A vital gift of warmth

Michael Johansen
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Sleeping rough in central Labrador is terrible at the best of times (when the worst someone must endure is a horde of bloodsucking insects), but when autumn slides into winter, those unfortunates left outside at night with little or no shelter risk more than a rash of irritating bites. They risk freezing to death.

When Labrador recently turned cold, when puddles skimmed over with ice and snow fell from the sky, someone came to a simple realization: heated homes are certainly difficult to come by, but other helpful things might be easier to find. An appeal was sent out as widely as possible:

“There are a number of people in our community who are homeless, who are sleeping in the woods, in tents and in the old pickup trucks. Last night it was very cold and some people had nothing to protect themselves from the cold. Nunatsiavut Health and Social Development at 14 Corte Real Road is doing an EMERGENCY BLANKET DRIVE.

“We are asking people in the community that if you have an extra quilt or blanket and can spare it to someone who needs it, please drop it off to 14 Corte Real Road. Please ensure the blankets are CLEAN. We will be more than happy to pass it on to someone who needs it.”

One day later, the staff had only received a single donation, but more were expected. However, no matter how many blankets arrived since the first was dropped off, it’s almost certain they will not be enough, although no one can say how many are actually required. Happy Valley-Goose Bay’s homeless have never been counted. No one has the time or resources to do it.

Homeless people are mostly invisible. They either migrate from couch to couch at the charity of friends or family, or they find places to hide, like in the woods around town. The better off can camp in heated canvas tents or borrow cabins. Others have only unheated nylon tents.

As the appeal says, a few even sleep in abandoned vehicles, which may or may not be an improvement over sleeping on the bare ground, which many others are forced to do.

Those who are trying to deal with the problem — not just in Nunatsiavut, but through other agencies — seem reluctant to discuss it broadly, except to say that it’s a very old problem. There’s no question of that.

A detailed study conducted by the Lichen Group for the Happy Valley-Goose Bay Homelessness/Transitional Housing Working Group found in 2007 that there was a severe shortage of affordable housing, especially for single youth (at-risk or otherwise) and increasingly for seniors. The report also identified an urgent need to increase housing available to people with disabilities and to women and children who are trying to escape violence. As well, “People with mental health issues are identified as being especially vulnerable when it comes to homelessness. They often find themselves in boarding houses as places of last resort.”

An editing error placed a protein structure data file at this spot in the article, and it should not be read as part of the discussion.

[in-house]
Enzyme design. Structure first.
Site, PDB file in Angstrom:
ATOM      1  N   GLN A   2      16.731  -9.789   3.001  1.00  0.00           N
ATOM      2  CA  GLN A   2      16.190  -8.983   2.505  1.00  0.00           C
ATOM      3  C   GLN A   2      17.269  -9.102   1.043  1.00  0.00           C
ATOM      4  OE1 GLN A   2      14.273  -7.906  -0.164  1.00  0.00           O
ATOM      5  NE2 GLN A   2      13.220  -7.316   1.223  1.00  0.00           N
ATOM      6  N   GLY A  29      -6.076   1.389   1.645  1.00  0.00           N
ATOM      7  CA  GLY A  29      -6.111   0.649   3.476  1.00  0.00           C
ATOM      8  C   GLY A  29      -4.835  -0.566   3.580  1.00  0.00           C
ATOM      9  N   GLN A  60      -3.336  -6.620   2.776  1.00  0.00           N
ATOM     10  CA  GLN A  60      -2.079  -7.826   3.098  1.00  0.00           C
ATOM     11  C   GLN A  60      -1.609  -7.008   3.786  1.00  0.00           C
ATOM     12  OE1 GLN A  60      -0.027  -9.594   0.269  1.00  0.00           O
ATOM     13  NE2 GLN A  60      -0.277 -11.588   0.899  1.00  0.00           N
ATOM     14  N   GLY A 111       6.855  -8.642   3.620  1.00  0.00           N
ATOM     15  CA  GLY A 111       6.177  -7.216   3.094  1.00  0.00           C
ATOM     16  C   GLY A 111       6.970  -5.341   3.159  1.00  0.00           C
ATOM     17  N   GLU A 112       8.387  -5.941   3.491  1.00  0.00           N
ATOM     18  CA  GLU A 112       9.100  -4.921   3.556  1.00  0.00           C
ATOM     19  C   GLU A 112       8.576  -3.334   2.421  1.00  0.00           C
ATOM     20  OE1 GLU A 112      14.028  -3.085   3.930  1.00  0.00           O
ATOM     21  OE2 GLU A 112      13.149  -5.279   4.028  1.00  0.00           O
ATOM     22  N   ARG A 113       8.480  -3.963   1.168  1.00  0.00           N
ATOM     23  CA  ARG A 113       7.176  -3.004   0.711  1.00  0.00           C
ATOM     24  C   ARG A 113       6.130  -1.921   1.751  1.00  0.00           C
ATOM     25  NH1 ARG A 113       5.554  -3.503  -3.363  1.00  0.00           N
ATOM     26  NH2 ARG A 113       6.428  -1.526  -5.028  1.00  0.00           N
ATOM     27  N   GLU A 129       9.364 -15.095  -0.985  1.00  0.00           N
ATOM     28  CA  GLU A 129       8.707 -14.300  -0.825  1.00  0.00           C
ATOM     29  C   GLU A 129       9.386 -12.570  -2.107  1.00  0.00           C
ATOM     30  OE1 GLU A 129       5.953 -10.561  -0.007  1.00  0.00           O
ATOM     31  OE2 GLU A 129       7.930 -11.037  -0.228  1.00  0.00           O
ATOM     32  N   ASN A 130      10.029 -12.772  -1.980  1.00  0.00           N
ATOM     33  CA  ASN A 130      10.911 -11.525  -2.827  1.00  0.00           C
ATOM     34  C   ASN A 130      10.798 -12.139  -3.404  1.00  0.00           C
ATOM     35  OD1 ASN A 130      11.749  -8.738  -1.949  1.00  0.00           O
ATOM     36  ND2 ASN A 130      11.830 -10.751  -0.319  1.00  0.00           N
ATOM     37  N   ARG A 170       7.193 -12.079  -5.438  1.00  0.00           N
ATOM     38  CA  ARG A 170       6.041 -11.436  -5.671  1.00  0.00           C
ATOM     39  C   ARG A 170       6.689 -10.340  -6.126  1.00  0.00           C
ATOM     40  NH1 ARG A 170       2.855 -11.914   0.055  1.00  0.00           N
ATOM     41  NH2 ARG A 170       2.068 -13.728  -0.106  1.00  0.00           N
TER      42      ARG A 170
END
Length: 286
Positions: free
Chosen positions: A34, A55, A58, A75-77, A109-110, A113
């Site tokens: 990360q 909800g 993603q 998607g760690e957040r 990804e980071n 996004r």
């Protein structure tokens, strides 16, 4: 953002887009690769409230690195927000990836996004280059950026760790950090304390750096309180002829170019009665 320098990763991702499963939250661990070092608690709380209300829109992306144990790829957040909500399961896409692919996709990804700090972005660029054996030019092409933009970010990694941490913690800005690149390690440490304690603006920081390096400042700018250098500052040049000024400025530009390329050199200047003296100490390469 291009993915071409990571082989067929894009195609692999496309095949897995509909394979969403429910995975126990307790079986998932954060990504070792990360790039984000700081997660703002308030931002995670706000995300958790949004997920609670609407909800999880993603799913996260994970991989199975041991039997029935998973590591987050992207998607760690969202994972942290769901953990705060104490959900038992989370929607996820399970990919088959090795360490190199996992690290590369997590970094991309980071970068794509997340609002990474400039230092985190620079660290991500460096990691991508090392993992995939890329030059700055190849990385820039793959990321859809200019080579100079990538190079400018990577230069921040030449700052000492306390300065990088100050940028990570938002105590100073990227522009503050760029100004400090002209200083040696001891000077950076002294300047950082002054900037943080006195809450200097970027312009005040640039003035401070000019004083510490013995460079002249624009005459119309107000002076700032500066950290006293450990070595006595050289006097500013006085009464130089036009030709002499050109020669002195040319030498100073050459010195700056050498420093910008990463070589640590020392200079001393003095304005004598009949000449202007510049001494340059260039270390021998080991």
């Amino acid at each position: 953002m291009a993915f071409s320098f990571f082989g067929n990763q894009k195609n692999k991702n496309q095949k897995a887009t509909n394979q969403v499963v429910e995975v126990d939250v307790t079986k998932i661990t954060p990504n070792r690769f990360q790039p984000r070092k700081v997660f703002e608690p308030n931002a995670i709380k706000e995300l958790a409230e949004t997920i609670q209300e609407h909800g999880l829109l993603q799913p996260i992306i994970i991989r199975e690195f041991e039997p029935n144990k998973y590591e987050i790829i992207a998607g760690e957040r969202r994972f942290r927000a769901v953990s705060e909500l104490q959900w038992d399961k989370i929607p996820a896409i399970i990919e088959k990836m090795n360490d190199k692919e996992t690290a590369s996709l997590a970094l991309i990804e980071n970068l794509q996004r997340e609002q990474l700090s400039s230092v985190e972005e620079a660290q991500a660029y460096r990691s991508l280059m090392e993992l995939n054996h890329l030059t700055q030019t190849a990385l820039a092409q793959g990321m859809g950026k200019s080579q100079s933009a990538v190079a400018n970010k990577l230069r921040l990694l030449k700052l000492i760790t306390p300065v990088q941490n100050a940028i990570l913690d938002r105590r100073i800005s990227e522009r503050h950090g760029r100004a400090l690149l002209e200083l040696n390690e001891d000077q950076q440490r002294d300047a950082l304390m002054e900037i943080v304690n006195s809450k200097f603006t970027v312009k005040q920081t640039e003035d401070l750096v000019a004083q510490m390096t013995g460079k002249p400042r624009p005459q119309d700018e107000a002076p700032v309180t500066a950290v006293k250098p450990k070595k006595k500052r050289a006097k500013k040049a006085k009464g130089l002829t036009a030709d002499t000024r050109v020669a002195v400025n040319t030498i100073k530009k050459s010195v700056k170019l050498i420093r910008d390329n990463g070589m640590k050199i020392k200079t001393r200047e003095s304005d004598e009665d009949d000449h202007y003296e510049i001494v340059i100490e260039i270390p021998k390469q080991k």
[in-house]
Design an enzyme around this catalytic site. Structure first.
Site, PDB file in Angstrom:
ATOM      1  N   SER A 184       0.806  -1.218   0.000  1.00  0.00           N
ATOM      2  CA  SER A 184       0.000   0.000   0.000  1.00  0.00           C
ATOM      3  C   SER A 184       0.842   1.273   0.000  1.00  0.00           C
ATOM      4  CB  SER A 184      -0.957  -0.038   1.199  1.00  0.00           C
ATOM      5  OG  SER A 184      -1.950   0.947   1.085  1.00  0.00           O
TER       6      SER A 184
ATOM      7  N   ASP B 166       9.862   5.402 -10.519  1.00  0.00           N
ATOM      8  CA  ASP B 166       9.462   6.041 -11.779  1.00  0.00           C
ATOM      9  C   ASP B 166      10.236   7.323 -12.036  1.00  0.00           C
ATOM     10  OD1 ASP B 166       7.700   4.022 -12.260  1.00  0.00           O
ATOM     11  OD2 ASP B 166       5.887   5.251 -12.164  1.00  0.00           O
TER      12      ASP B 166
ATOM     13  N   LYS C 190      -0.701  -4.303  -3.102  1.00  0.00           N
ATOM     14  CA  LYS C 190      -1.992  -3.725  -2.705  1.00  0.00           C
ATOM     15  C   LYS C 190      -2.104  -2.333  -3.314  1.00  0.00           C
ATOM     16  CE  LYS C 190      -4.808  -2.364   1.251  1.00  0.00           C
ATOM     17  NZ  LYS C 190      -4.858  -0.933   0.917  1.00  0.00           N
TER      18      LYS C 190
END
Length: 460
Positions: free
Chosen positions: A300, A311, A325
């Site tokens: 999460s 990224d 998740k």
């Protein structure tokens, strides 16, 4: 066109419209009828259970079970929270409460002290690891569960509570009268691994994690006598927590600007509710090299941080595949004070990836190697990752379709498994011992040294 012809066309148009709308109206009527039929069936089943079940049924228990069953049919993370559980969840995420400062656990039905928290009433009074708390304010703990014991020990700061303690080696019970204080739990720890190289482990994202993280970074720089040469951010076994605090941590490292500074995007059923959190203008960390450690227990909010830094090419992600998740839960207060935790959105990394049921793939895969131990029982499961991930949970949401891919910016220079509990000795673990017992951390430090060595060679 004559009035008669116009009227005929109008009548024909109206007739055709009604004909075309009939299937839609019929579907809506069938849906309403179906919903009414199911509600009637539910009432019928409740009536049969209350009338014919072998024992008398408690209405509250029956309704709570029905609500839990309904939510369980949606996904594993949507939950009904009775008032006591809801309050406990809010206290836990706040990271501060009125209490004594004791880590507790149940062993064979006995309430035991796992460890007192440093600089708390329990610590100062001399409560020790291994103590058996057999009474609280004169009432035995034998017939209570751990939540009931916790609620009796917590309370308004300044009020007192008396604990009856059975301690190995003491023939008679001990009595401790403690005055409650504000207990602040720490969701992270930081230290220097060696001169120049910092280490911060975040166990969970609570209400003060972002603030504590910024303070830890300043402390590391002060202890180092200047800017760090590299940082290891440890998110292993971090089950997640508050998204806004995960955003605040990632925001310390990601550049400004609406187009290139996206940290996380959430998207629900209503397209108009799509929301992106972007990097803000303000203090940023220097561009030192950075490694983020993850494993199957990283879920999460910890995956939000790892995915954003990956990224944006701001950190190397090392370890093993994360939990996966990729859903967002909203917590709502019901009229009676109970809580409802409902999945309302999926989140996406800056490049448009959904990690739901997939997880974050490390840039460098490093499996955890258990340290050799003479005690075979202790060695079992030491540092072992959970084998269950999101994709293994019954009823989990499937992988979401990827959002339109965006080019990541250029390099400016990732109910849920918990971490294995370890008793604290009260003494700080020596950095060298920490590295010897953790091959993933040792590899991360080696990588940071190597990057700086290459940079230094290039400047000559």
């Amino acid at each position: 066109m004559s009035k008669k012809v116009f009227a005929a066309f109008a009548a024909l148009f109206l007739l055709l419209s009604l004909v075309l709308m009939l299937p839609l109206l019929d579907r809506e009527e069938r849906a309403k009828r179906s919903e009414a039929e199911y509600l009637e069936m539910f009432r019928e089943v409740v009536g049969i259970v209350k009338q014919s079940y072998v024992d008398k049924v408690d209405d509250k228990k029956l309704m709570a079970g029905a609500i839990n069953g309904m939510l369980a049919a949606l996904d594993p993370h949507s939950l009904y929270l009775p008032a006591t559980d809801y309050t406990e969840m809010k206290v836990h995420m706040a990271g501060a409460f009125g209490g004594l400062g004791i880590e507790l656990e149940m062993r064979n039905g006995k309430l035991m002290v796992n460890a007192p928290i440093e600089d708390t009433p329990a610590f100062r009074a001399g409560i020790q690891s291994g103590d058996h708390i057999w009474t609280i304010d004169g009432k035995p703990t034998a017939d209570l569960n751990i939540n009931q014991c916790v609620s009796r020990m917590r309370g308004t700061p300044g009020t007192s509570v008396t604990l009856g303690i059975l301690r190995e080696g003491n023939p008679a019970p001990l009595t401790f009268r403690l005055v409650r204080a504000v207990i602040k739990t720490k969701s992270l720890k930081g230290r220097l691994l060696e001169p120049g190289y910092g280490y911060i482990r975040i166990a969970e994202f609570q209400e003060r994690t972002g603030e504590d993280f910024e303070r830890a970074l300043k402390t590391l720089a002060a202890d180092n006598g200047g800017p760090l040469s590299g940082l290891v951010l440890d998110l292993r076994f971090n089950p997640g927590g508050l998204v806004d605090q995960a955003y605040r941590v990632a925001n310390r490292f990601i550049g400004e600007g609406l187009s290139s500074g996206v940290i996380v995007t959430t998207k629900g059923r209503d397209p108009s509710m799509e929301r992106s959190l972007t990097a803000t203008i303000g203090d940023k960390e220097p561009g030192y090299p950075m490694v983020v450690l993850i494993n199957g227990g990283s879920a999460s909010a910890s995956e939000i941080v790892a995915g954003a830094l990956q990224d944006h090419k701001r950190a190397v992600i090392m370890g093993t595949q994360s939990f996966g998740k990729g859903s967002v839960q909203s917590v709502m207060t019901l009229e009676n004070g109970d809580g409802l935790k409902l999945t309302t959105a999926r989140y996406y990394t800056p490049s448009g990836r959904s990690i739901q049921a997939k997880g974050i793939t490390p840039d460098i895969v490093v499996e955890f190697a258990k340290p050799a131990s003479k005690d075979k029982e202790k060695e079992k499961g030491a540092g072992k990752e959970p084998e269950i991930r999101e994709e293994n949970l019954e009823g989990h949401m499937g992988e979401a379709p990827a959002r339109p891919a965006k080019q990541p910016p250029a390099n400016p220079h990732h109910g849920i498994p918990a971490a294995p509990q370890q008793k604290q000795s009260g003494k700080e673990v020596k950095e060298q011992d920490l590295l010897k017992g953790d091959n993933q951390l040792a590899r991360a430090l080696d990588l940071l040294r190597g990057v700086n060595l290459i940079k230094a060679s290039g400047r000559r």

Even after interviewing dozens of homeless and near-homeless people, the Lichen Group still wasn’t able to say how many there were in total.

“There are no existing studies or estimates of homelessness in Happy Valley-Goose Bay.”

However, the group was able to report that whatever the size of the problem, it could very easily get worse.

In 2007, the nickel mine at Voisey’s Bay was already having the kind of adverse effect that was expected to eventually increase.

“Happy Valley-Goose Bay is the main point of departure for those working at the mine. This has increased the demand for rental housing. Similarly, the anticipated Lower Churchill hydro project is expected to increase employment through its construction phase and create a further demand for housing in the future.”

The Lichen Group’s prediction seems to have come true. When the report was written, $600 was the highest rent demanded in town, but now some landlords charge more than $3,000 per month. However, homelessness workers are not completely devoid of hope. In fact, they are hinting that improvements will soon be announced. But in the meantime, the need for warm blankets persists. So, if you’ve got one, please share it. It could save someone's life.

Michael Johansen is a writer

living in Labrador.

Organizations: Lichen Group, Corte Real, Transitional Housing Working Group

Geographic location: Labrador, Happy Valley, Nunatsiavut Goose Bay 14 Corte Real Road

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